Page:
How to Repair Hairline Cracks?

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In this article, we will discuss how to repair hairline cracks on concrete surfaces.

Concrete is a composite material that is composed of a mixture of fine and coarse aggregates bonded together with biding material which hardens over time.

The binding material mostly includes fluid cement paste, lime putty, lime, etc.

Hairline cracks are seen on the freshly poured concrete. The presence of hairline crack is due to the phenomenon of plastic shrinkage. These cracks are very small- about 0.003 inches (0.08 mm) in width and can be very shallow that look like a single hair.

The line crack can be observed in walls, plaster, ceiling, etc.




Hairline Cracks





  A. How to Repair Hairline Cracks?  

The stages used in the rehabilitation of hairline cracks in concrete are noted below:


1. Cleaning of Crack

This is the first and earliest phase in the repair of hairline cracks in the concrete. A check of the crack is carried out and if any oil or stains have infiltrated the crack and have discolored the concrete, the stains will have to be managed before fixing the crack.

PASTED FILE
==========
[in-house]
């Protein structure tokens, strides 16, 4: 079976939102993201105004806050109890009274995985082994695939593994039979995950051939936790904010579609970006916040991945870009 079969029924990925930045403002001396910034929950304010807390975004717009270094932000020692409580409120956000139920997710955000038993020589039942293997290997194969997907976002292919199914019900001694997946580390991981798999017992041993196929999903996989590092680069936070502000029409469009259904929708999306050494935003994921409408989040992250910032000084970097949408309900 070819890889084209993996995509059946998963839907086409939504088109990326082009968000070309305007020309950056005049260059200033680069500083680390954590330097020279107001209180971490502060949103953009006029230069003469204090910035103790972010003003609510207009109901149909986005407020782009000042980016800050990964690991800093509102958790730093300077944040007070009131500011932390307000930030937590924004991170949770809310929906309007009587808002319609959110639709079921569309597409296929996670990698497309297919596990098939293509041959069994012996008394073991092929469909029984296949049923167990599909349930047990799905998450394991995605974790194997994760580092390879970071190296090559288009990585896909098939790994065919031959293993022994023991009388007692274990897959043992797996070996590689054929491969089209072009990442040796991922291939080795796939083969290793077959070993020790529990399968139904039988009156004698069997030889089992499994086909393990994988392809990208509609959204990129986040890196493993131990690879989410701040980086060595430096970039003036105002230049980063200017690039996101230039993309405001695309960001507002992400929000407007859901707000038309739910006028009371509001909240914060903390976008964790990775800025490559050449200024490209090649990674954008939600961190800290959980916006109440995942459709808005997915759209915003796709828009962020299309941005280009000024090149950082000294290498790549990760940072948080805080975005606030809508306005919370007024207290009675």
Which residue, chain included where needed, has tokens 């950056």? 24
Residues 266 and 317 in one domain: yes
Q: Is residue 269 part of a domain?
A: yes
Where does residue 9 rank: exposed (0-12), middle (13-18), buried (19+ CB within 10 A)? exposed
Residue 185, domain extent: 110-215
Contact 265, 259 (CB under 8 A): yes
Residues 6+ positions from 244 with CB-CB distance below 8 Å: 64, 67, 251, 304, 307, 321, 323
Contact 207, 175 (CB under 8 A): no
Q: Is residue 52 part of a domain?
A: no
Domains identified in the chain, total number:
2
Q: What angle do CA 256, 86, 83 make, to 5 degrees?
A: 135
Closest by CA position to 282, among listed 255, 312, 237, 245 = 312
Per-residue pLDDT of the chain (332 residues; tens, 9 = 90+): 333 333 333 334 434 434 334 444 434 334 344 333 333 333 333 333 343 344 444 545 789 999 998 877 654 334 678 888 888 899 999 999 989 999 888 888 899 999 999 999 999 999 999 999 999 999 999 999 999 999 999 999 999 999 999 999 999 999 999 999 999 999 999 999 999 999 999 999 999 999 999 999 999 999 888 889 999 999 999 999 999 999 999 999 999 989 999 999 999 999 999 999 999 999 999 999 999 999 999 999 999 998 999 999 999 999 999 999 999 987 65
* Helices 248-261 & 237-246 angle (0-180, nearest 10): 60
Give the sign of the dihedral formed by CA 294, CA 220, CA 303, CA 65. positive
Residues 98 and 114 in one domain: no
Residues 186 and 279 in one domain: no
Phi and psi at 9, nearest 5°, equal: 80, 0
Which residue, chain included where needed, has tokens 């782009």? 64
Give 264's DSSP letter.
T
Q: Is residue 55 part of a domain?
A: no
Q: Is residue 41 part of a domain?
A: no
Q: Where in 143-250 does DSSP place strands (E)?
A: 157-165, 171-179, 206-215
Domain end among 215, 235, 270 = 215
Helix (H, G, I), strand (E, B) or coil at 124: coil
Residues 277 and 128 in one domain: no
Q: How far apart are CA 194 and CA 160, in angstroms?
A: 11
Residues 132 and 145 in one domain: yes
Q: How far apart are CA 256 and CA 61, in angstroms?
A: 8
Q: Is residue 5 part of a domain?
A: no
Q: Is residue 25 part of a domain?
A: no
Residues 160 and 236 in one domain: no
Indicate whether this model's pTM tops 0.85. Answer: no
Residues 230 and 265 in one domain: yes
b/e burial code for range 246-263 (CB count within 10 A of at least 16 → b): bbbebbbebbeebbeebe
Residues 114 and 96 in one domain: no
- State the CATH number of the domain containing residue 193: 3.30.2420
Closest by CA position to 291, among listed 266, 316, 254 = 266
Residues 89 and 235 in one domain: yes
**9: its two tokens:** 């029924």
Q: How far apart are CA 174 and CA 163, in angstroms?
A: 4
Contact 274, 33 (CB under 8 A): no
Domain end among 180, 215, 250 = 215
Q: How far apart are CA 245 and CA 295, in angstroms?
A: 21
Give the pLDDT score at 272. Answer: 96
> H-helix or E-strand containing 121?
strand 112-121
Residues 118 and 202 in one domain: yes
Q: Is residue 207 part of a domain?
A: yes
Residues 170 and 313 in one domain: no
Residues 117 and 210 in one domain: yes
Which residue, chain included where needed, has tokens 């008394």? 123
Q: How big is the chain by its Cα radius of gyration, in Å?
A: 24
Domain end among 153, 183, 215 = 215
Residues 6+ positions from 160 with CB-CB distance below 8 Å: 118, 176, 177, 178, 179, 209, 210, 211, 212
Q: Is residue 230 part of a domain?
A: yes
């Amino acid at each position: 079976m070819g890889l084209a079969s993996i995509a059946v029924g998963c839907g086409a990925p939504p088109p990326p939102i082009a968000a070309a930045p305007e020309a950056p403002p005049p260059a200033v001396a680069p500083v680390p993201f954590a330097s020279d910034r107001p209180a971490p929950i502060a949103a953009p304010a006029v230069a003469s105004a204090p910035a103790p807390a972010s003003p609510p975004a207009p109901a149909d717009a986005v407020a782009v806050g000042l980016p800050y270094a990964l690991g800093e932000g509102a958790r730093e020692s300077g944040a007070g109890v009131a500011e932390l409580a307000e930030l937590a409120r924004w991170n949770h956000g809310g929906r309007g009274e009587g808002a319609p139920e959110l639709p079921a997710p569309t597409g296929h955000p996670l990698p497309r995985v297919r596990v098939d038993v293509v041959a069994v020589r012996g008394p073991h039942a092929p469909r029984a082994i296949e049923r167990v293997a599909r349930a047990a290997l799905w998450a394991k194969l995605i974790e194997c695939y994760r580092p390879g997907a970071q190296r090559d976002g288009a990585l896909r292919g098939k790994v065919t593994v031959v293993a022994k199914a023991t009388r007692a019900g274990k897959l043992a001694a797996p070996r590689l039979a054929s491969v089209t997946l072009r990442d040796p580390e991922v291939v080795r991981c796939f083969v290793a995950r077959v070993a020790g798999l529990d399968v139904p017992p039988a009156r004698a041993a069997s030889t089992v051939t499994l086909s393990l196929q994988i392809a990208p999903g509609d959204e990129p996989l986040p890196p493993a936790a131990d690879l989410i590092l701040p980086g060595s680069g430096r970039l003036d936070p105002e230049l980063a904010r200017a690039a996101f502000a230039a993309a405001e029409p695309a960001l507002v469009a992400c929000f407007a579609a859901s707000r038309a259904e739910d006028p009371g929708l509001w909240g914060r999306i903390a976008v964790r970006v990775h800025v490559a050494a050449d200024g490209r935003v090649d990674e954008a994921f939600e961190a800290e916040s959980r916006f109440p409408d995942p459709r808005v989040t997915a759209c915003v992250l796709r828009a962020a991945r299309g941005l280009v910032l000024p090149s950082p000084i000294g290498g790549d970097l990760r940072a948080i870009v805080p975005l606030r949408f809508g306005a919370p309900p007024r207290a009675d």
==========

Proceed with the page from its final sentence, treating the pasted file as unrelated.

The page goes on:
2. Selection of Sealant

The sealant is used as a filler material that is infiltrated into the crack. The perfect sealant must maintain low surface tension and low viscosity. These two characteristics permit the liquid sealer to move deeply into the crack.

Crack repair materials for concrete are usually polymer-modified cement grouts, silicone or latex caulking, or epoxies. Polymer-modified cement grout is the typical material utilized to seal pinholes and voids in concrete at the time of manufacture. If cracks occur before the concrete is filled, this is usually the material utilized to repair them.


3. Application of Sealant

The selected sealer is applied on the substrate by using a squeegee and/or in combination with a roller. The use of sealant must be done for a minimum of 5-10 minutes to make sure of penetration.


4. Curing

Proper curing must be ensured to complete the hardening of the sealant. The warmer the temperature, the faster the curing, the lower the temperature, and the longer it will take.






Read Also: How To Repair Foundations



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